The recent success of AI has been in large part due in part to advances in hardware and software systems. These systems have enabled training increasingly complex models on ever larger datasets. In the process, these systems have also simplified model development, enabling the rapid growth in the machine learning community. These new hardware and software systems include a new generation of GPUs and hardware accelerators (e.g., TPU and Nervana), open source frameworks such as Theano, TensorFlow, PyTorch, MXNet, Apache Spark, Clipper, Horovod, and Ray, and a myriad of systems deployed internally at companies just to name a few. At the same time, we are witnessing a flurry of ML/RL applications to improve hardware and system designs, job scheduling, program synthesis, and circuit layouts.
In this course, we will describe the latest trends in systems designs to better support the next generation of AI applications, and applications of AI to optimize the architecture and the performance of systems. The format of this course will be a mix of lectures, seminar-style discussions, and student presentations. Students will be responsible for paper readings, and completing a hands-on project. Readings will be selected from recent conference proceedings and journals. For projects, we will strongly encourage teams that contains both AI and systems students.
Previous Graduate Seminars
When time is available I teach graduate seminars in machine learning and systems.
- CS294-20: RISE Lab Class a graduate seminar covering the research topics in the new UC Berkeley RISE Lab. This class was co-taught with Joe Hellerstein, Raluca Ada Popa, and Ion Stoica.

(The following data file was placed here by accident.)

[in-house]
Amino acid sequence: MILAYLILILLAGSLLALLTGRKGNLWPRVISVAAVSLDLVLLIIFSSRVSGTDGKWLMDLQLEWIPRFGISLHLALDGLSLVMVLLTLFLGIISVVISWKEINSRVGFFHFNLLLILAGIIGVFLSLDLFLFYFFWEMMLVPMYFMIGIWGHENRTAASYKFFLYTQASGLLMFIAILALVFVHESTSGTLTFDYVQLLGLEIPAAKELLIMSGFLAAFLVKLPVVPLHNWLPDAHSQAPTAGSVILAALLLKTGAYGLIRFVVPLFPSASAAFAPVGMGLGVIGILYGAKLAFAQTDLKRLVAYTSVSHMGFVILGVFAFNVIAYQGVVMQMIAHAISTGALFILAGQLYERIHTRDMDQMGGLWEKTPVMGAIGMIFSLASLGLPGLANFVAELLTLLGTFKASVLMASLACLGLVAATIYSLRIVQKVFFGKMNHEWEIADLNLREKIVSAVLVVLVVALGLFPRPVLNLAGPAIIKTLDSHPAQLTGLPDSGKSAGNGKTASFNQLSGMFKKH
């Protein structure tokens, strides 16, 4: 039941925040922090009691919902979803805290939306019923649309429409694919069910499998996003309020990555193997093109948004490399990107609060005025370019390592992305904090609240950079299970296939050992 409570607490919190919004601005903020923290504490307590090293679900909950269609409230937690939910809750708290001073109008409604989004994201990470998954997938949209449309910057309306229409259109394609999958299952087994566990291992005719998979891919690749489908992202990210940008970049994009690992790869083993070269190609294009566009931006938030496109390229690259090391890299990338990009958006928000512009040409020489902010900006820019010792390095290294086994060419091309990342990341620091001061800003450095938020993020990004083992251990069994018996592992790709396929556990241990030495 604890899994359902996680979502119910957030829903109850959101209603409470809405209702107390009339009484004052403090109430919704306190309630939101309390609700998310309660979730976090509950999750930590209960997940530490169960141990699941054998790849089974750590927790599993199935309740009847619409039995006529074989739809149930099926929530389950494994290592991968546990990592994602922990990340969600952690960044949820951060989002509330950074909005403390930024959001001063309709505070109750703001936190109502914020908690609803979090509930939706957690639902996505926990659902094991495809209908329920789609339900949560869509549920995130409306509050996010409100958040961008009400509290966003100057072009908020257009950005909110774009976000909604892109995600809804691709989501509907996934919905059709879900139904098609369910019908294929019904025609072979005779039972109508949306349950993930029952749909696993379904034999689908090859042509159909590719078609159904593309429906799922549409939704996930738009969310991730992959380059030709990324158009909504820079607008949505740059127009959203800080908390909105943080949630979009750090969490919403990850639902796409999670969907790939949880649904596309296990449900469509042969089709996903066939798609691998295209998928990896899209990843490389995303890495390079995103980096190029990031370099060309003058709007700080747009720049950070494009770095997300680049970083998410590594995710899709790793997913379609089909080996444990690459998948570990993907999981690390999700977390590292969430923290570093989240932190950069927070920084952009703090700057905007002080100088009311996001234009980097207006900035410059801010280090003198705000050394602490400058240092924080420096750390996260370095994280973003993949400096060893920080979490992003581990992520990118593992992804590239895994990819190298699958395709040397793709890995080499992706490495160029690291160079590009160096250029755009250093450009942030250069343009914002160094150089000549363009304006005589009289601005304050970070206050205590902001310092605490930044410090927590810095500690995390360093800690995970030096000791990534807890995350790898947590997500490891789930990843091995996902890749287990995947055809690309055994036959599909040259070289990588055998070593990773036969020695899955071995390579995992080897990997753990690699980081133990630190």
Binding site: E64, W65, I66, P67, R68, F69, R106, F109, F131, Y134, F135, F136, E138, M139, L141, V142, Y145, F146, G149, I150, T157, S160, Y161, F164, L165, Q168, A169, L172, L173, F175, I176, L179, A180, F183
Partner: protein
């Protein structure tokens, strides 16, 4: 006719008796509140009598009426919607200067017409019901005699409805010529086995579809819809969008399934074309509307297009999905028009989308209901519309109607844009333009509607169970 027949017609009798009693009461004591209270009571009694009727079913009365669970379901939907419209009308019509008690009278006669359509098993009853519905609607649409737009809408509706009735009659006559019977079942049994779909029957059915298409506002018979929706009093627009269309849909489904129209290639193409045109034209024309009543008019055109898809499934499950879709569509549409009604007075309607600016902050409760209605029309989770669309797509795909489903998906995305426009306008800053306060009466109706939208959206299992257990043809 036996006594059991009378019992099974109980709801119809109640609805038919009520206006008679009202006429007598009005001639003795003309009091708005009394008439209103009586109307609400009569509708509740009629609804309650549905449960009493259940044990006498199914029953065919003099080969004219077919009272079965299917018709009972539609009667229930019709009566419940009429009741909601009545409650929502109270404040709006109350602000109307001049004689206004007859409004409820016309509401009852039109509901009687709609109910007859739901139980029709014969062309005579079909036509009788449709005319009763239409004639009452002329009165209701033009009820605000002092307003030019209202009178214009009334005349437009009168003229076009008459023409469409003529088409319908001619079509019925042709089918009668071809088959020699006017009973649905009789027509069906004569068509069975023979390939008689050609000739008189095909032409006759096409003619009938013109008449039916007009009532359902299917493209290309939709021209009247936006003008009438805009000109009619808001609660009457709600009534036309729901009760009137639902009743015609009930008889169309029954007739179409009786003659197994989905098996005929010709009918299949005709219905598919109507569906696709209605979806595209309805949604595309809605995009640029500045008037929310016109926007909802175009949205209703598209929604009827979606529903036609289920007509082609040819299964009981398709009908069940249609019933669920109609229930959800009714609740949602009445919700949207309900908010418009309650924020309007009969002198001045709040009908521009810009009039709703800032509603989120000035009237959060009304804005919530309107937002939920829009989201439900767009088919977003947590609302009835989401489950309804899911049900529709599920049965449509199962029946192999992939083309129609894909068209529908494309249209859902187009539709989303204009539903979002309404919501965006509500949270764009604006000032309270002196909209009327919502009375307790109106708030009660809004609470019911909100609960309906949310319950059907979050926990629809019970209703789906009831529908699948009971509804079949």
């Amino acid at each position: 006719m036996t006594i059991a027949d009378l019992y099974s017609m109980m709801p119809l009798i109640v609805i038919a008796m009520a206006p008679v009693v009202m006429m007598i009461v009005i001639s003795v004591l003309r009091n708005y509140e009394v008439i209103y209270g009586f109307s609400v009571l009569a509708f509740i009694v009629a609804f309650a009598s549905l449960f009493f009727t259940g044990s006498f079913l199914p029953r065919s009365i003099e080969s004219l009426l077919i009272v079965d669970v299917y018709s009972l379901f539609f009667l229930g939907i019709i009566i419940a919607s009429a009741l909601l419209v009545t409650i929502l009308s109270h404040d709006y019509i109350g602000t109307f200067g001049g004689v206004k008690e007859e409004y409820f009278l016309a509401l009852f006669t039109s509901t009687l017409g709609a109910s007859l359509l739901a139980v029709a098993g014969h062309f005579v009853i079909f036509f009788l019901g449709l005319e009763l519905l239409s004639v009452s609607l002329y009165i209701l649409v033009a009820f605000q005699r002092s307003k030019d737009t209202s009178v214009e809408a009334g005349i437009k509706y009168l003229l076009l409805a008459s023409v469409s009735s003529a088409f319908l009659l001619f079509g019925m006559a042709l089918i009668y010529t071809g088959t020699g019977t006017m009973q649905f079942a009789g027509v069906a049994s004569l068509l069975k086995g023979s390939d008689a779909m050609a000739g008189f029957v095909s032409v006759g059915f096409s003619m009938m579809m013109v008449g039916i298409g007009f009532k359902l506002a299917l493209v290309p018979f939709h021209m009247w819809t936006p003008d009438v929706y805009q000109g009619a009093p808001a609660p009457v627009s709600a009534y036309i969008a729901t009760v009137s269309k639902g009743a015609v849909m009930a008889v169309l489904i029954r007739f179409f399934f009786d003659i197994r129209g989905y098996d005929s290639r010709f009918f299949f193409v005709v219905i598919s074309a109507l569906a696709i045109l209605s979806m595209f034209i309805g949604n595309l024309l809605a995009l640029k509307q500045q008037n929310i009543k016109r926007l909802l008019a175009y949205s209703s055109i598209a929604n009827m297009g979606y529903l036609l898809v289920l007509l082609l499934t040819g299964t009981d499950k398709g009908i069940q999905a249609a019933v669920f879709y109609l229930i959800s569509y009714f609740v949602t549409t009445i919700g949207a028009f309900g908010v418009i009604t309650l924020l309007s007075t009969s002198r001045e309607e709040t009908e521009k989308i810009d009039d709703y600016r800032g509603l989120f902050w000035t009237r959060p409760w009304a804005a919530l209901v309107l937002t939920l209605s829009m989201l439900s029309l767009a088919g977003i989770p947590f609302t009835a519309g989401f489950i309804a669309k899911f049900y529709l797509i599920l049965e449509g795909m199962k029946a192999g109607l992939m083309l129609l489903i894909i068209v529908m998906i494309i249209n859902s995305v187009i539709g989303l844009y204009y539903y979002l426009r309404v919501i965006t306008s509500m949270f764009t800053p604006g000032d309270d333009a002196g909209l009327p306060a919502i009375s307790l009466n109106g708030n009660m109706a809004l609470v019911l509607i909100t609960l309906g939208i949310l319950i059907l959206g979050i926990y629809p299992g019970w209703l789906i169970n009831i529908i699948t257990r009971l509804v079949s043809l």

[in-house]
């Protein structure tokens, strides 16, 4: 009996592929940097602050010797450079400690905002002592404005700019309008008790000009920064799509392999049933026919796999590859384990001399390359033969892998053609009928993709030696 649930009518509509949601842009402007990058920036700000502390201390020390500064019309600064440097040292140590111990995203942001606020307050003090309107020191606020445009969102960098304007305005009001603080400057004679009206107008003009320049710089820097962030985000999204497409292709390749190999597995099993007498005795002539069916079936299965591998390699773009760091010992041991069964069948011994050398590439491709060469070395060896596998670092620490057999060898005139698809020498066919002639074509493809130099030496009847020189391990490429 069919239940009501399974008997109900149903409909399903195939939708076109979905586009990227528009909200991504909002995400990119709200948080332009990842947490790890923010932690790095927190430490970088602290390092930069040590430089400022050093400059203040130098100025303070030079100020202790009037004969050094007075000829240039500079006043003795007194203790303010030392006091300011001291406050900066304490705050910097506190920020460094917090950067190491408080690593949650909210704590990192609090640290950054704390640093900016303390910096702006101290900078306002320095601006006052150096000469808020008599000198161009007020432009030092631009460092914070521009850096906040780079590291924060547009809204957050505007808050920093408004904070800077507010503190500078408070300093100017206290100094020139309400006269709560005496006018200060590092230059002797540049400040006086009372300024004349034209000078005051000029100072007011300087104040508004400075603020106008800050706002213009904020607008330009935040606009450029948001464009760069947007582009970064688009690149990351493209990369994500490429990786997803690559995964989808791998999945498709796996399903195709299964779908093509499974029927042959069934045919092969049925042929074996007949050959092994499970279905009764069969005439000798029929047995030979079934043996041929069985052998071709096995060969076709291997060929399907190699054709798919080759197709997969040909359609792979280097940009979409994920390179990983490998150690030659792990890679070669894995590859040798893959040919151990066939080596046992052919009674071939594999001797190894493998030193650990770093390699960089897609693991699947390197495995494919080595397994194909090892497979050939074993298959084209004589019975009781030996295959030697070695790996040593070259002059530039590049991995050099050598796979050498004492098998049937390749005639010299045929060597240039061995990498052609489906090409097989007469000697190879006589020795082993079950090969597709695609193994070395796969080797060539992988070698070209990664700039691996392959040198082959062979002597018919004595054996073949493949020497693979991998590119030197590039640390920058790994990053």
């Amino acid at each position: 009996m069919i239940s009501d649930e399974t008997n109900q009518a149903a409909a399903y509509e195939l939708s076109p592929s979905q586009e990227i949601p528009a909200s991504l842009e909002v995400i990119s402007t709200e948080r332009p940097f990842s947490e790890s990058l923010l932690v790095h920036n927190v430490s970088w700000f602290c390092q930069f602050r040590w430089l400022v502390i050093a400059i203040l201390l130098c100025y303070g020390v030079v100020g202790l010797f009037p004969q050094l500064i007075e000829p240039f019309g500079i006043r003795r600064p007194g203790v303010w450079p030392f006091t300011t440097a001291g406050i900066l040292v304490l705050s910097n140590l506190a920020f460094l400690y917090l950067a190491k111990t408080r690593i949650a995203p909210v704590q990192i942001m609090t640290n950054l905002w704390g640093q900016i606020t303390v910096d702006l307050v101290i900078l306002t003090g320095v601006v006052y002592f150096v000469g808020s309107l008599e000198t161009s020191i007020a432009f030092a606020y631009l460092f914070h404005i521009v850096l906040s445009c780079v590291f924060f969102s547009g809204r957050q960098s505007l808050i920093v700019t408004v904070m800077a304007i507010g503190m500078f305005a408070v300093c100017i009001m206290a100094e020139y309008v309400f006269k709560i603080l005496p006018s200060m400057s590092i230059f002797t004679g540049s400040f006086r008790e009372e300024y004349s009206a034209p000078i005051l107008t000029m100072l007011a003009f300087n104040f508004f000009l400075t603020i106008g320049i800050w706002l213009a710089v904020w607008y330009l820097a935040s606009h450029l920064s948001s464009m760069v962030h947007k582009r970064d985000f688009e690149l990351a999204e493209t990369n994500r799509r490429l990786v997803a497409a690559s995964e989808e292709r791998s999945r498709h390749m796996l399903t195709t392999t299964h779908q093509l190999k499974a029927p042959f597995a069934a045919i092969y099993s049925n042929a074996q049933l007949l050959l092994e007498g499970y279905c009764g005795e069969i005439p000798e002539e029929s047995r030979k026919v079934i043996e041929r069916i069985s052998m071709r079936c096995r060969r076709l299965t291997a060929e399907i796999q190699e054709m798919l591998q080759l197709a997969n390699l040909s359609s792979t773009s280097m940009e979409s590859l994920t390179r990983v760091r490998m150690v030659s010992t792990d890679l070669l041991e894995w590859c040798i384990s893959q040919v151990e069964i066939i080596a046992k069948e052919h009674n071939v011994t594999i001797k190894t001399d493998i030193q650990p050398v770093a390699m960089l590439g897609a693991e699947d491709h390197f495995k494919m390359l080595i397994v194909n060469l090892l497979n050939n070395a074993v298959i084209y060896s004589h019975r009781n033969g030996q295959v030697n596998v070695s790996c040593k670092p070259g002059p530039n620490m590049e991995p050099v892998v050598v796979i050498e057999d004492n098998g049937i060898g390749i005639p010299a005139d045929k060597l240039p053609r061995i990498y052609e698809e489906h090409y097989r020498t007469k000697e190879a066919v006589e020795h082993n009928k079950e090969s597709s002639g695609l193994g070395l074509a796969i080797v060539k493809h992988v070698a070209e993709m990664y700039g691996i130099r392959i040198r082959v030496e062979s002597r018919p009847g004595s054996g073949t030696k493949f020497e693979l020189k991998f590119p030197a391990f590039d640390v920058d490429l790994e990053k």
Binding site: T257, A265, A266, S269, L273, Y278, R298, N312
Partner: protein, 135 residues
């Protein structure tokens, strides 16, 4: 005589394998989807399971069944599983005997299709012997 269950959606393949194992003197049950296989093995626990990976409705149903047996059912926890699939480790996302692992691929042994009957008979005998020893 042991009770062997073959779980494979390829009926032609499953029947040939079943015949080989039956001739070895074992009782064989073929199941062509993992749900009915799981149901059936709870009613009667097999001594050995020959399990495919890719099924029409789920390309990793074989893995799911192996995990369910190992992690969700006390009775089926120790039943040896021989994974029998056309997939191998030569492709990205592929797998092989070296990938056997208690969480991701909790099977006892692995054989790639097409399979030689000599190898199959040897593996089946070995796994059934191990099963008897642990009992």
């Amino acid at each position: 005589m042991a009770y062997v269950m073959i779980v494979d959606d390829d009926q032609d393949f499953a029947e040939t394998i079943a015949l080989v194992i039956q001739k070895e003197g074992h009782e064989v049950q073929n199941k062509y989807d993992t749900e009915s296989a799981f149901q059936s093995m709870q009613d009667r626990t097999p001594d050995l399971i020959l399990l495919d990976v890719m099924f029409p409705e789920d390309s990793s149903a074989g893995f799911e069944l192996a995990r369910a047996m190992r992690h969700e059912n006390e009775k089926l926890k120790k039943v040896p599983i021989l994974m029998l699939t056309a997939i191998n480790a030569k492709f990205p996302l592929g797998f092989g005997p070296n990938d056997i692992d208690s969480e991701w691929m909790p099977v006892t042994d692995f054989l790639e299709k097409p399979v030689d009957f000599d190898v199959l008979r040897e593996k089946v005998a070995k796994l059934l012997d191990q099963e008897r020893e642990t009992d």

This seminar aims to serve as a catalyst for research in the RISE lab, the new lab following the AMPLab. We will read and discuss papers on the state-of-the-art of learning systems (large-scale model training, deep learning, real-time robust inference), big data systems (scale-out vs scale-up, scalable data analytics), and systems security (computation on encrypted data, secure hardware enclaves, language-based mechanisms).
Data Science 100
I co-created this large intermediate data science class. This class now serves over 800 students a semester.
Combining data, computation, and inferential thinking, data science is redefining how people and organizations solve challenging problems and understand their world. This intermediate level class bridges between Data8 and upper division computer science and statistics courses as well as methods courses in other fields. In this class, we explore key areas of data science including question formulation, data collection and cleaning, visualization, statistical inference, predictive modeling, and decision making. Through a strong emphasizes on data centric computing, quantitative critical thinking, and exploratory data analysis this class covers key principles and techniques of data science. These include languages for transforming, querying and analyzing data; algorithms for machine learning methods including regression, classification and clustering; principles behind creating informative data visualizations; statistical concepts of measurement error and prediction; and techniques for scalable data processing.
If you are having issues enrolling please contact Cindy Conners who is graciously managing enrollment.
Introduction to Databases
Access methods and file systems to facilitate data access. Hierarchical, network, relational, and object-oriented data models. Query languages for models. Embedding query languages in programming languages. Database services including protection, integrity control, and alternative views of data. High-level interfaces including application generators, browsers, and report writers. Introduction to transaction processing. Database system implementation to be done as term project.
- Introduction to Databases (CS186/286) co-taught with Joe Hellerstein.